Daylight saving time
Daylight saving time (DST), also known as daylight savings time or daylight time (United States, Canada, and Australia), and summer time (United Kingdom, European Union, and others), is the practice of advancing clocks (typically by one hour) during warmer months so that darkness falls at a later clock time. The typical implementation of DST is to set clocks forward by one hour in the spring ("spring forward"), and to set clocks back by one hour in autumn ("fall back") to return to standard time. As a result, there is one 23-hour day in late winter or early spring and one 25-hour day in autumn.
The idea of aligning waking hours to daylight hours to conserve candles was first proposed in 1784 by US polymath Benjamin Franklin. In a satirical letter to the editor of The Journal of Paris, Franklin suggested that waking up earlier in the summer would economize candle usage and calculated considerable savings. In 1895, New Zealand entomologist and astronomer George Hudson proposed the idea of changing clocks by two hours every spring to the Wellington Philosophical Society. In 1907, British resident William Willett presented the idea as a way to save energy. After some serious consideration, it was not implemented.
In 1908 Port Arthur in Ontario, Canada, started using DST. Starting on April 30, 1916, the German Empire and Austria-Hungary each organized the first nationwide implementation in their jurisdictions. Many countries have used DST at various times since then, particularly since the 1970s energy crisis. DST is generally not observed near the Equator, where sunrise and sunset times do not vary enough to justify it. Some countries observe it only in some regions: for example, parts of Australia observe it, while other parts do not. Conversely, it is not observed at some places at high latitudes, because there are wide variations in sunrise and sunset times and a one-hour shift would relatively not make much difference. The United States observes it, except for the states of Hawaii and Arizona (within the latter, however, the Navajo Nation does observe it, conforming to federal practice). A minority of the world's population uses DST; Asia and Africa generally do not.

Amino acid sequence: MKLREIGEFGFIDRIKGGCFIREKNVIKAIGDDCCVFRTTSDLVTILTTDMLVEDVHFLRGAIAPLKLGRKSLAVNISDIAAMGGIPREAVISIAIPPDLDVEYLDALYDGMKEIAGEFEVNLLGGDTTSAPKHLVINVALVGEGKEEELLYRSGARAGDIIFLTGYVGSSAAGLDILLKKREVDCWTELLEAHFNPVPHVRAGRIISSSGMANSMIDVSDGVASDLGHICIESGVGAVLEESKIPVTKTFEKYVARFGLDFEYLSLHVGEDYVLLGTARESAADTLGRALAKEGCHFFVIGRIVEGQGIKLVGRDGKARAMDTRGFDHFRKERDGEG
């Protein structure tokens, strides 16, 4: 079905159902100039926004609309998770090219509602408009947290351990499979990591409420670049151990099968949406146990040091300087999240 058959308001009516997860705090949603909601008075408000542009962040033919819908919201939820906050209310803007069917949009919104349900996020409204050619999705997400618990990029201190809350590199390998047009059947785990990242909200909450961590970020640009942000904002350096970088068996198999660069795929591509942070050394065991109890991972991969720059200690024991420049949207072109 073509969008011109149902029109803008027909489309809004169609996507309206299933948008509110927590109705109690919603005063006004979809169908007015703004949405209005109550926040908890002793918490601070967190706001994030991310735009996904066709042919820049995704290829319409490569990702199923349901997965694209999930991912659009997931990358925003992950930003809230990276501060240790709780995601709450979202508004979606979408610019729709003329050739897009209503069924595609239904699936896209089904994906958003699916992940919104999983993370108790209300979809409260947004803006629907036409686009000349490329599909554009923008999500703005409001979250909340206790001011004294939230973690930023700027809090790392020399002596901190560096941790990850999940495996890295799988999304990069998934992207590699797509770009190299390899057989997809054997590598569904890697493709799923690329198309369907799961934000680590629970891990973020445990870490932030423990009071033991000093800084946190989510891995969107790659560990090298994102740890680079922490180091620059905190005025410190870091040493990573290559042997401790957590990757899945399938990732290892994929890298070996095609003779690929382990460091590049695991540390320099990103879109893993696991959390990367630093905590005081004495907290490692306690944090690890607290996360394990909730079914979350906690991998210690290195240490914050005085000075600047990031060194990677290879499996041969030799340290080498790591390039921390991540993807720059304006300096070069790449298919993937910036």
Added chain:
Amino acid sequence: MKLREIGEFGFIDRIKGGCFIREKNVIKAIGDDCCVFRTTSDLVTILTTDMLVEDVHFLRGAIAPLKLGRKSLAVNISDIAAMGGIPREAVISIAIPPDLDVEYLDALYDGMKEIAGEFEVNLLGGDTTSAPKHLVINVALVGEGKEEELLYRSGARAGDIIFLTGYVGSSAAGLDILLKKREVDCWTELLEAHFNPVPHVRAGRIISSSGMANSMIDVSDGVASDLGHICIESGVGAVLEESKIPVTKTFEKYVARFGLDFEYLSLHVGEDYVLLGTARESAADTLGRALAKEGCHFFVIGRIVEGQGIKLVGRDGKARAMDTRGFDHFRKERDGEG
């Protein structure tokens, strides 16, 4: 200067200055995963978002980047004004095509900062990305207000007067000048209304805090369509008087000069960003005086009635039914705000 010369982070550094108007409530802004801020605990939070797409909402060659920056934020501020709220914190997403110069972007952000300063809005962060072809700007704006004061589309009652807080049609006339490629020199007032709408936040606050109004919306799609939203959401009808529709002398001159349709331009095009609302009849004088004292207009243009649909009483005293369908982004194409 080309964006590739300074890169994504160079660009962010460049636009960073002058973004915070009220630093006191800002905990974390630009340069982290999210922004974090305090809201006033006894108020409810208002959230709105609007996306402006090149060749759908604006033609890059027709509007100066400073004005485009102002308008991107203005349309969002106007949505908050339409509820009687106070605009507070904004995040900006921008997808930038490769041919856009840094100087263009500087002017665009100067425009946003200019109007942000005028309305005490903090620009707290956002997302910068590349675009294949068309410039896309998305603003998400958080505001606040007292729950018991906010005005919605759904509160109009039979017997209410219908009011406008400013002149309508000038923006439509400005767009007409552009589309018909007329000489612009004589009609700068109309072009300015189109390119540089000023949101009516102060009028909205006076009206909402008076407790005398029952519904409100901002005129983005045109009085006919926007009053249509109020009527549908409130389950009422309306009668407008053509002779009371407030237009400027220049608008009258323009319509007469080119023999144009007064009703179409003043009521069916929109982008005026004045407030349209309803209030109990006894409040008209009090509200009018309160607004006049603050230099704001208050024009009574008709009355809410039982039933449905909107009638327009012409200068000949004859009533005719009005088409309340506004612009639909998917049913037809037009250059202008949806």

DST clock shifts sometimes complicate timekeeping and can disrupt travel, billing, record keeping, medical devices, and sleep patterns. Computer software generally adjusts clocks automatically.